Page 54: of Marine Technology Magazine (April 2019)
Ocean Energy: Oil, Wind & Tidal
1,700-kilometer mission autonomously collecting ? sheries thus increasing mission ef? ciency. acoustics and physical properties of the sea surface. As part Looking back 20 years, we celebrate the progress and ad- of this multi-vehicle mission under the U.K. NERC/Defra vancements made in ocean observation. We’ve come a long funded AlterEco project, the Wave Glider called Lyra was de- way since the days of Jacques Piccard and Don Walsh’s un- ployed in the central North Sea. Lyra spent 41 days at sea, precedented exploration to the bottom of the Marina’s Trench repeatedly covering a 64-kilometer-long transect along which (1960). These pioneers set the stage for the world today by us- valuable data were collected under different conditions. ing the most advanced technologies to extend the possibilities
The data collected included salinity, temperature, oxygen, of ocean exploration. At Liquid Robotics, we are fastening our ? uorescence, turbidity and solar irradiance information. The seatbelts, excited to see how our Wave Gliders will be used by
Wave Glider was also equipped with a meteorological sen- scientists to expand our understanding of our ocean in search sor recording wind speed and direction, air temperature and of new discoveries.
barometric pressure. This meteorological data will be used to estimate sea state and performance of the acoustic system un- der different weather conditions.
Dr. Pearce believes the Wave Gliders could eventually take
Ryan Carlon, Business Development, Environ- over elements of ship-based monitoring of the ? sh and zoo- mental Assessment, Liquid Robotics, A Boeing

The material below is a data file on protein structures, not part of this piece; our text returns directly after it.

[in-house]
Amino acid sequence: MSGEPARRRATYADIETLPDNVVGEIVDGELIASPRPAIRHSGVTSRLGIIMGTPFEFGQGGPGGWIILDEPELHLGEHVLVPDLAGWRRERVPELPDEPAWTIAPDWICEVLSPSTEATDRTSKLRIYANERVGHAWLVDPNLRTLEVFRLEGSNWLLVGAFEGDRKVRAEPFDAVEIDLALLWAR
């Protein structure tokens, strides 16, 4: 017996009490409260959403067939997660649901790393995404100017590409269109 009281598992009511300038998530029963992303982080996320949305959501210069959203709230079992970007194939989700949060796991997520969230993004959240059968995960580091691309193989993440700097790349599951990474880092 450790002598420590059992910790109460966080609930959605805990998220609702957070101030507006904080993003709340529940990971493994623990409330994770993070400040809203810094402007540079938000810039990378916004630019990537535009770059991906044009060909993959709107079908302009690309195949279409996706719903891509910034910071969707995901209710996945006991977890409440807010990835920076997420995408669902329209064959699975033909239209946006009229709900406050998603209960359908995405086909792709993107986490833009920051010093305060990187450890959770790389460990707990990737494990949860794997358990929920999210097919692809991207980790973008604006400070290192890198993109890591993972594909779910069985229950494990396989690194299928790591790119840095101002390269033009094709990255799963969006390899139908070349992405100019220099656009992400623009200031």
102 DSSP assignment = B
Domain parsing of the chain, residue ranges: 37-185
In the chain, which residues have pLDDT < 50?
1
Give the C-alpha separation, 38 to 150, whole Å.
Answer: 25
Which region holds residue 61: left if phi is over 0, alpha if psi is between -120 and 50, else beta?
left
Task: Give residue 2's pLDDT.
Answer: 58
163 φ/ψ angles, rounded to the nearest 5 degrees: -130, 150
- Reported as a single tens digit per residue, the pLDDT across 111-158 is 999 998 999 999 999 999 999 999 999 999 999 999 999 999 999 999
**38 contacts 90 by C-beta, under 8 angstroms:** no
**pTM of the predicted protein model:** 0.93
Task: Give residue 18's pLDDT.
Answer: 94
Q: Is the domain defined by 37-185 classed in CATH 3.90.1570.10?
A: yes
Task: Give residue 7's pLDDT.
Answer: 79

Company, is responsible for Liquid Robotics’ plankton community by being able to identify these compo-
Global Commercial Environmental Assessment nents of the food chain from the acoustic data alone. This team that focuses on supporting the Science and will produce a cost savings and in turn reduce the durations
Research community. He joined Liquid Robotics in of ship-intensive surveys. Additionally, collecting persistent, 2012 and has been leading the sales initiatives for insitu measurements through rough and cloudy conditions the Science and Research community ever since. Under his lead- ership he has helped establish the Wave Gliders for Researchers provides continuous data feeds during times where buoys and
Program and the Science & Research User Group. satellites are most restricted.
Ryan joined Liquid Robotics with a decade of experience in
Preliminary results suggest that evidence has been captured robotics and advanced software development for both unmanned of diurnal (day-night) vertical migrations of zooplankton and maritime vehicles and vision-based mapping, localization, and other organisms in the water column, as well as schools of navigation systems. He brought this expertise to his role as Busi- ness Development at Liquid Robotics’ and continues to work ? sh.
with scientists across the globe in oceanographic and meteorol- ogy research institutions, national science agencies, commercial
The Future is Bright businesses and academia. Ryan’s deep technical knowledge and business expertise is helping customers address global ocean chal-
The future for autonomous systems for ocean observation lenges previously too costly or possible to solve.
and exploration is bright. Increasingly, the commercial, mili-
Ryan ? rst became interested in robotics after taking an introduc- tary and scienti? c markets are moving to operational use of tory class at MIT and has since spent more than a decade working autonomous systems. Their popularity is in the ability to con- with them. After graduating with an Electrical Engineering degree tinuously collect data for long durations in severe conditions from Harvard University, he joined Vision Robotics, a robotics company in San Diego. At Vision Robotics, Ryan built autono- that would negate human exploration and observation. In ad- mous robots in the agricultural and defense industries. dition to the economic and safety bene? ts, of? oading moni- toring tasks to autonomous systems frees up human resources,
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